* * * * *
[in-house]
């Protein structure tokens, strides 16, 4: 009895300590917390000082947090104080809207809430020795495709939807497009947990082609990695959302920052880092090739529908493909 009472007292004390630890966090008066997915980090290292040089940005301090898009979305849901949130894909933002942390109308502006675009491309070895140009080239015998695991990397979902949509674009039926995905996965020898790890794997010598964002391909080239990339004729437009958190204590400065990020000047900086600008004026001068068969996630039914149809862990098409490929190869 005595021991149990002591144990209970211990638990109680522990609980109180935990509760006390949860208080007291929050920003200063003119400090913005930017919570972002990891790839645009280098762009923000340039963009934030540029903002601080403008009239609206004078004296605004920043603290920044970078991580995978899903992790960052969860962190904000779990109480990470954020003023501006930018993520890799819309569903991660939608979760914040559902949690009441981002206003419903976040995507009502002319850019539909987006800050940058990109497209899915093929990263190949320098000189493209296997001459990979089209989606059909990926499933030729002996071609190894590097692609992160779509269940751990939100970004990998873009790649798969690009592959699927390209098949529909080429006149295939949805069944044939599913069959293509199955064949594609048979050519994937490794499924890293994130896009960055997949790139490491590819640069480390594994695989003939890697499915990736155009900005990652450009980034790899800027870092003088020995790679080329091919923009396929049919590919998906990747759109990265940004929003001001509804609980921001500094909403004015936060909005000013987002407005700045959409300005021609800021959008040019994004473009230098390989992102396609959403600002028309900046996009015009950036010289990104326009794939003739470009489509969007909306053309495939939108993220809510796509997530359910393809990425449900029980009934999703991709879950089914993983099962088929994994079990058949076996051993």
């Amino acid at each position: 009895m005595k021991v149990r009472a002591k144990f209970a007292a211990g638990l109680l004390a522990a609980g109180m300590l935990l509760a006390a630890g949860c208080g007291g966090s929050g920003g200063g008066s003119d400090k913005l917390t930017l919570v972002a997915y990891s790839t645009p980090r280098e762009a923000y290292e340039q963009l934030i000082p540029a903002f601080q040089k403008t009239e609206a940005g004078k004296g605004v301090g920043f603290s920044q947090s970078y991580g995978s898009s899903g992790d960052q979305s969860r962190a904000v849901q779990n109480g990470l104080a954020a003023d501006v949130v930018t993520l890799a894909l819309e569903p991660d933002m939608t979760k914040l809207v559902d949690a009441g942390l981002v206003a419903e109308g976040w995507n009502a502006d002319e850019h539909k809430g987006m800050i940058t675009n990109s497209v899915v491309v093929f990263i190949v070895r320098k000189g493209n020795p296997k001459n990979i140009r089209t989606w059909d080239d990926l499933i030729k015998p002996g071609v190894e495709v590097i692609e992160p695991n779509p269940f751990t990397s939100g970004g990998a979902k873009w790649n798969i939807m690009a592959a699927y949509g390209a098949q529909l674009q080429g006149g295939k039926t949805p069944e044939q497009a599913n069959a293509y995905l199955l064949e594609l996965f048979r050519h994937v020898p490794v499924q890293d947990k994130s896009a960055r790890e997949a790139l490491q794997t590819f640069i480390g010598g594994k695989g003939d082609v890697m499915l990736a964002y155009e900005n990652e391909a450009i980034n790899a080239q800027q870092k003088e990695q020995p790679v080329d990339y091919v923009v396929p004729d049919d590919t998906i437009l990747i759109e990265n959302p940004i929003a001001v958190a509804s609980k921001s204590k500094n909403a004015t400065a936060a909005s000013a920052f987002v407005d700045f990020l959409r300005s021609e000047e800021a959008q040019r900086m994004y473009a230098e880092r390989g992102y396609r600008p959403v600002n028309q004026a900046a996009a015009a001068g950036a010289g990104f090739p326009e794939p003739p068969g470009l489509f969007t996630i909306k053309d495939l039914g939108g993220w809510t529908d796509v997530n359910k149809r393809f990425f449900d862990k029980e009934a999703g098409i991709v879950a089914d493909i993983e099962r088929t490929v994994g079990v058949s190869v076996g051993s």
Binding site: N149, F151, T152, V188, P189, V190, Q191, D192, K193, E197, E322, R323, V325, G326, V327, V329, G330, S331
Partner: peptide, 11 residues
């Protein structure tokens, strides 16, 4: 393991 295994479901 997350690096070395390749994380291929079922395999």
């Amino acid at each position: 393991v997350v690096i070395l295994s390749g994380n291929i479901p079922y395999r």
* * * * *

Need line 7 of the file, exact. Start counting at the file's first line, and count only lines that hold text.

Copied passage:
């Amino acid at each position: 393991v997350v690096i070395l295994s390749g994380n291929i479901p079922y395999r």